But the fungus works very slowly, so commercial use may not be likely just yet.

Instead, Schilling hopes future researchers will take advantage of the maps, using the information on fungal genome and gene expression to create new technologies or improve existing ones.

“On the science side, we’re providing a service,” Schilling says. “I offer tools. Other researchers need to go out and solve practical problems.” Schilling is hopeful that a PNAS paper, which he anticipates will be published in early fall, will be a jumping off point for others to engage with and find applications for his research.

Schilling and his students work with biomaterial companies throughout the country on research ranging from the study and application of fungi as an adhesive for window and door companies, to illuminating the characteristics of Scoby — the fungus used to produce the unconventional tea remedy, kombucha. This fall he will be teaching a new course in applied mycology. foster a new generation of scientists interested in fungi. The variety of application shows that fungal “pests” have the potential to create biotech solutions, too.

Mushrooms in the Marketplace

When they aren’t researching biotech applications of fungi, students in the Mycology Club engage with local communities by selling edible mushrooms at the University of Minnesota Farmers Market.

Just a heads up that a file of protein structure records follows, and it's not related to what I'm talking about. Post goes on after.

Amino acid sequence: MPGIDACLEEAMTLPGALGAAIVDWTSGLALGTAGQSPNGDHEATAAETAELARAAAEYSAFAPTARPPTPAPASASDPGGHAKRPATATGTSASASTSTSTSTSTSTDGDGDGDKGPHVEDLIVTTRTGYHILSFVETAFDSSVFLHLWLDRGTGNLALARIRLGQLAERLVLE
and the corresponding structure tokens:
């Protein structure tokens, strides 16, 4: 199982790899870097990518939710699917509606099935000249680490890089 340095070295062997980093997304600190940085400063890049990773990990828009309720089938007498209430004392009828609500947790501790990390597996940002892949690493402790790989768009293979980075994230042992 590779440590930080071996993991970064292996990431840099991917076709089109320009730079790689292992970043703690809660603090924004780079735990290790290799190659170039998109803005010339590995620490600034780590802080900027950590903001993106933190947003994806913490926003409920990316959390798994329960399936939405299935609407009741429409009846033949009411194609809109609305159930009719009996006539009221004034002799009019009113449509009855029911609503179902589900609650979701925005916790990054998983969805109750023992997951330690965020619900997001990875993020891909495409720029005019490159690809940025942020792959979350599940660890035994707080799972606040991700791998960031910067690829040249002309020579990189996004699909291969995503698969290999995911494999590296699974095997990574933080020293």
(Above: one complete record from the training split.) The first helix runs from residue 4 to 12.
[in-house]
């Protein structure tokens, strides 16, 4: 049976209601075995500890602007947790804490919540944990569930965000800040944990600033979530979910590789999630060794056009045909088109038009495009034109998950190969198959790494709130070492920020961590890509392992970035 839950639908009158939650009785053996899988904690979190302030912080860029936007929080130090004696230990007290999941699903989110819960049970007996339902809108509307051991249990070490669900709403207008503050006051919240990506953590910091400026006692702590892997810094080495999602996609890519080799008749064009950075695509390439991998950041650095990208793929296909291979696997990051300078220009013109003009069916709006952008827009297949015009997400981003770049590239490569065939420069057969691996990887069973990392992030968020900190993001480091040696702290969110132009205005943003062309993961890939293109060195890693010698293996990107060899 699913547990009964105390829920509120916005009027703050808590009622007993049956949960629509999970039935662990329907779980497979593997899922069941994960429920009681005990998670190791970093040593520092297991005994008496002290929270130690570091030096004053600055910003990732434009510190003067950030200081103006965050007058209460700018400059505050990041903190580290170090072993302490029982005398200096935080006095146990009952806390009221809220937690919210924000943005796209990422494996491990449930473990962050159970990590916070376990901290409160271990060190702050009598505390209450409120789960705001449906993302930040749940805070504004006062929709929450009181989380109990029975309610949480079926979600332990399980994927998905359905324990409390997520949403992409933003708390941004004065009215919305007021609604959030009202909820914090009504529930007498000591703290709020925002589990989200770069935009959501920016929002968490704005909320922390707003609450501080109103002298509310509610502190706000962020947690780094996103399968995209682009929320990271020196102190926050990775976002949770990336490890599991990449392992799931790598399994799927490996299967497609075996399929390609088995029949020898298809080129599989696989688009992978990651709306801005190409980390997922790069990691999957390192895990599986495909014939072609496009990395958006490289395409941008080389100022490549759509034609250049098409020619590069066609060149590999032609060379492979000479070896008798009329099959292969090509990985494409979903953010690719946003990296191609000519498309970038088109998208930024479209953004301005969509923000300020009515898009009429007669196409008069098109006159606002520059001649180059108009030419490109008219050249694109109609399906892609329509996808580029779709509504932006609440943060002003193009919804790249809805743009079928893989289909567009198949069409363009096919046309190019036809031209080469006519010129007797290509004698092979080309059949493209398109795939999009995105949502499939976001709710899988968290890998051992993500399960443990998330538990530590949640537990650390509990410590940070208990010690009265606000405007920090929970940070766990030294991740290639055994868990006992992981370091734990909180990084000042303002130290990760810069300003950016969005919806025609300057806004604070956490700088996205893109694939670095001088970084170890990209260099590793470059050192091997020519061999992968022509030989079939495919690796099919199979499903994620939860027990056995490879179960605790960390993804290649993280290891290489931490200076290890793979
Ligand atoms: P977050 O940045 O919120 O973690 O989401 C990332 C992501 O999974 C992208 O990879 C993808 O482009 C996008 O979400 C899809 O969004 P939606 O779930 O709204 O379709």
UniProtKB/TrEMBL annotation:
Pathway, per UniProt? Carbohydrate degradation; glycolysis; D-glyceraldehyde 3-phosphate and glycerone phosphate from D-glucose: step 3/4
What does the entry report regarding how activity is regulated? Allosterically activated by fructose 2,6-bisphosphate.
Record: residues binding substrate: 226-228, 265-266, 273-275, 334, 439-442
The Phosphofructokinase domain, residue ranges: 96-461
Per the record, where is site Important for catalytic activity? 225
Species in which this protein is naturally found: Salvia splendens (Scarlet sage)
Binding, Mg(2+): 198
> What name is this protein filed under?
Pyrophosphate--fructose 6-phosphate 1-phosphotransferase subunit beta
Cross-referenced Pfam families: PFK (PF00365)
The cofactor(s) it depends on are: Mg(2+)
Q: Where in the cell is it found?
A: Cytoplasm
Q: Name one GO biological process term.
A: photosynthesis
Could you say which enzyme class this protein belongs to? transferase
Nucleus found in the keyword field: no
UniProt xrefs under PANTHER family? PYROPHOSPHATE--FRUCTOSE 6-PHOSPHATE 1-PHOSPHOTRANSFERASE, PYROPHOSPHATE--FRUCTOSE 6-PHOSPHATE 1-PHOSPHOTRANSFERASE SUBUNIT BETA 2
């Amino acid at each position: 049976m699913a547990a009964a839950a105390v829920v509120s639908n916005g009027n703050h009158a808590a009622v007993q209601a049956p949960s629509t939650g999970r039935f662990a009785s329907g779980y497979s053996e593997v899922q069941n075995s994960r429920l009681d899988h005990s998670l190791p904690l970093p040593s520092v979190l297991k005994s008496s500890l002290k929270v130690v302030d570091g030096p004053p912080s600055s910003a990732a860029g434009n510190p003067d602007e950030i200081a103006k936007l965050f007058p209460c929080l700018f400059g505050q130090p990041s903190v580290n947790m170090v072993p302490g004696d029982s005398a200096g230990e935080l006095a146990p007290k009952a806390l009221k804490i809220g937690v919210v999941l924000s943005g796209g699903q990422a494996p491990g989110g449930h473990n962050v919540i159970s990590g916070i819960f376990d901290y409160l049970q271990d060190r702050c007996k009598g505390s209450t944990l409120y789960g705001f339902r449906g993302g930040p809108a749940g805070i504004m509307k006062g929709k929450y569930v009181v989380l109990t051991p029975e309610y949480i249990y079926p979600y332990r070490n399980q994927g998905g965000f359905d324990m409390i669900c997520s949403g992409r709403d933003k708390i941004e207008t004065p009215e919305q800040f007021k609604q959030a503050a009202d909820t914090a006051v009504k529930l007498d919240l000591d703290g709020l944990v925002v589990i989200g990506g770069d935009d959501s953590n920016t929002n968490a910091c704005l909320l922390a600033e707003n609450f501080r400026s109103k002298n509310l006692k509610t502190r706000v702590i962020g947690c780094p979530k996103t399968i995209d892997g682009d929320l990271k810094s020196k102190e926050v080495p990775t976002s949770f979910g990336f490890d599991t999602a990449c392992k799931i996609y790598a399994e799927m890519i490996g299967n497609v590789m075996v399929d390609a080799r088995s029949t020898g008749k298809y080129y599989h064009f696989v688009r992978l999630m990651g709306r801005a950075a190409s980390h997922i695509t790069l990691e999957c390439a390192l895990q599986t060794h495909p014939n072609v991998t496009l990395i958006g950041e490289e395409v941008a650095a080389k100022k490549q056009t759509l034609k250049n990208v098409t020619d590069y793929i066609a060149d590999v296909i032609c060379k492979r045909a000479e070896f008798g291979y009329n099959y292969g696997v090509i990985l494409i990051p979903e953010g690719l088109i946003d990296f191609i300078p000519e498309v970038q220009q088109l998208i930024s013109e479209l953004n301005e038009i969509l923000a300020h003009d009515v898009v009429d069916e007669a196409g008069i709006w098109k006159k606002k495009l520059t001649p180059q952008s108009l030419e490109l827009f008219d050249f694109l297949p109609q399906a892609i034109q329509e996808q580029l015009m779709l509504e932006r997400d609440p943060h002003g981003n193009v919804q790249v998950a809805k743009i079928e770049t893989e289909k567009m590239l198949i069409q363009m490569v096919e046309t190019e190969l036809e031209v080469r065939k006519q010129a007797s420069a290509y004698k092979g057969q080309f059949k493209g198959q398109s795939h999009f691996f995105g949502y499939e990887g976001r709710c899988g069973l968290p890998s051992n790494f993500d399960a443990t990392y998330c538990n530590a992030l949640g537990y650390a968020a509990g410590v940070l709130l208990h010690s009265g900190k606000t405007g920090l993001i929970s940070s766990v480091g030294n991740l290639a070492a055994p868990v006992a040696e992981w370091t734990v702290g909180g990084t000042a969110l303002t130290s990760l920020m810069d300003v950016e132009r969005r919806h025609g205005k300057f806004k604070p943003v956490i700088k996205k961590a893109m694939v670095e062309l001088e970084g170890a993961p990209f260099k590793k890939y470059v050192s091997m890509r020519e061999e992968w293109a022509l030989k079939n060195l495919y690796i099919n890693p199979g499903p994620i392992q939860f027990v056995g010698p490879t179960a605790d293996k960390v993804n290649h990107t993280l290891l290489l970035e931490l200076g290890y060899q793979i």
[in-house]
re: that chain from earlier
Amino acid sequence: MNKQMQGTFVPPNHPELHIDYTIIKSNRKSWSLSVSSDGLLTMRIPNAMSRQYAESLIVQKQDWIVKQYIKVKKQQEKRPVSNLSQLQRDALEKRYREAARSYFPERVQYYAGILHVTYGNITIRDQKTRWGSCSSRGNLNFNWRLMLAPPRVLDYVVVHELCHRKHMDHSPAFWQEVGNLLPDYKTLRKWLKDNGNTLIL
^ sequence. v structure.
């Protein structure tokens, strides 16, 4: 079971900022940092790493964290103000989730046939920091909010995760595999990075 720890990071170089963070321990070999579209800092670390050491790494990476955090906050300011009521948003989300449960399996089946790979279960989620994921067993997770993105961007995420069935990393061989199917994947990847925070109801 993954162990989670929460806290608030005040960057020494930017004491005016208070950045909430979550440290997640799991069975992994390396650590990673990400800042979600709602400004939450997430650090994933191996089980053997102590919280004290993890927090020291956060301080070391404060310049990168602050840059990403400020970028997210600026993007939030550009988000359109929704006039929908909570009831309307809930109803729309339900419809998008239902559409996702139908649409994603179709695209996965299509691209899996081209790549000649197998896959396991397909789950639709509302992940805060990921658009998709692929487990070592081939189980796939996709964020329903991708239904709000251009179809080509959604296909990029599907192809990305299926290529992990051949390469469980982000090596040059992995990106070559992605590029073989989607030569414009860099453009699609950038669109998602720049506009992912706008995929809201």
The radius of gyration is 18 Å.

Standing in the pouring rain might not make a lot of people happy, but as graduate student Gerald Presley turned a small umbrella-like wine cap mushroom upside down to explain how its gill margin would expand as it matured, he had a smile on his face. More rain means more fungi — and that’s good for a fungal garden.

Presley is a graduate student in lab of BTI member Jonathan Schilling (BTI/Plant Pathology). He is also president of the UMN Mycology Club. The student group hosts workshops, lectures, and activities related to fungi. They also tend the fungal garden.

The garden has hundreds of logs blooming with fungi, so the group has also been able to raise money and interact with the local community by selling mushrooms not used    for research at the Farmers Market.

“It’s always good to find a practical application outside of the laboratory,” Presley says. “It’s been great for us.”

The club first starting selling mushrooms at the farmers market in 2013, two years after it was founded. It sells a variety of edible fungi, including shitake, wine cap, and oyster mushrooms. The Mycology Club has since teamed up with the certified organic student farm Cornercopia, which sells the mushrooms at its stand, as well.

“People like the mushrooms,” Presley said. “So they’ll come to the stand… and then they might buy some of [Cornercopia’s] stuff, too.”

Cornercopia locations — outside the Andrew Boss Meat Lab in St. Paul and in  Gateway Plaza on the East Bank — are ideal because they attract customers beyond the student body. Local chefs have even begun purchasing student-grown mushrooms for their restaurants.